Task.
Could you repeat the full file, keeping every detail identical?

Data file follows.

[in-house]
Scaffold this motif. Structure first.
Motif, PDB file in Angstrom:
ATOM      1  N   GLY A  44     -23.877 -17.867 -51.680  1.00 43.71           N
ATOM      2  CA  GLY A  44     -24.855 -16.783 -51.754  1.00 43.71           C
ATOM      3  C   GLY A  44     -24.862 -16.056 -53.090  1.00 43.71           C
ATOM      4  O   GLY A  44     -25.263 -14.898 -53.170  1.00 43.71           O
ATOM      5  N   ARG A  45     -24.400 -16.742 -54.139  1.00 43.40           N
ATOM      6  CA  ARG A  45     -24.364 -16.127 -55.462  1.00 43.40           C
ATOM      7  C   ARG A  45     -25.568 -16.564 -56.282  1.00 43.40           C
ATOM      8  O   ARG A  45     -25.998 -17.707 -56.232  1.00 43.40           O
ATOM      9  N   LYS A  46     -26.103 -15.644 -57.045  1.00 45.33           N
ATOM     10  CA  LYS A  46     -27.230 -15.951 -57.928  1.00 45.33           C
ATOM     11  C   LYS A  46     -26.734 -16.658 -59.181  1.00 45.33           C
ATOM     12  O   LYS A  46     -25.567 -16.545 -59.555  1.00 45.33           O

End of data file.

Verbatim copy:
[in-house]
Scaffold this motif. Structure first.
Motif, PDB file in Angstrom:
ATOM      1  N   GLY A  44     -23.877 -17.867 -51.680  1.00 43.71           N
ATOM      2  CA  GLY A  44     -24.855 -16.783 -51.754  1.00 43.71           C
ATOM      3  C   GLY A  44     -24.862 -16.056 -53.090  1.00 43.71           C
ATOM      4  O   GLY A  44     -25.263 -14.898 -53.170  1.00 43.71           O
ATOM      5  N   ARG A  45     -24.400 -16.742 -54.139  1.00 43.40           N
ATOM      6  CA  ARG A  45     -24.364 -16.127 -55.462  1.00 43.40           C
ATOM      7  C   ARG A  45     -25.568 -16.564 -56.282  1.00 43.40           C
ATOM      8  O   ARG A  45     -25.998 -17.707 -56.232  1.00 43.40           O
ATOM      9  N   LYS A  46     -26.103 -15.644 -57.045  1.00 45.33           N
ATOM     10  CA  LYS A  46     -27.230 -15.951 -57.928  1.00 45.33           C
ATOM     11  C   LYS A  46     -26.734 -16.658 -59.181  1.00 45.33           C
ATOM     12  O   LYS A  46     -25.567 -16.545 -59.555  1.00 45.33           O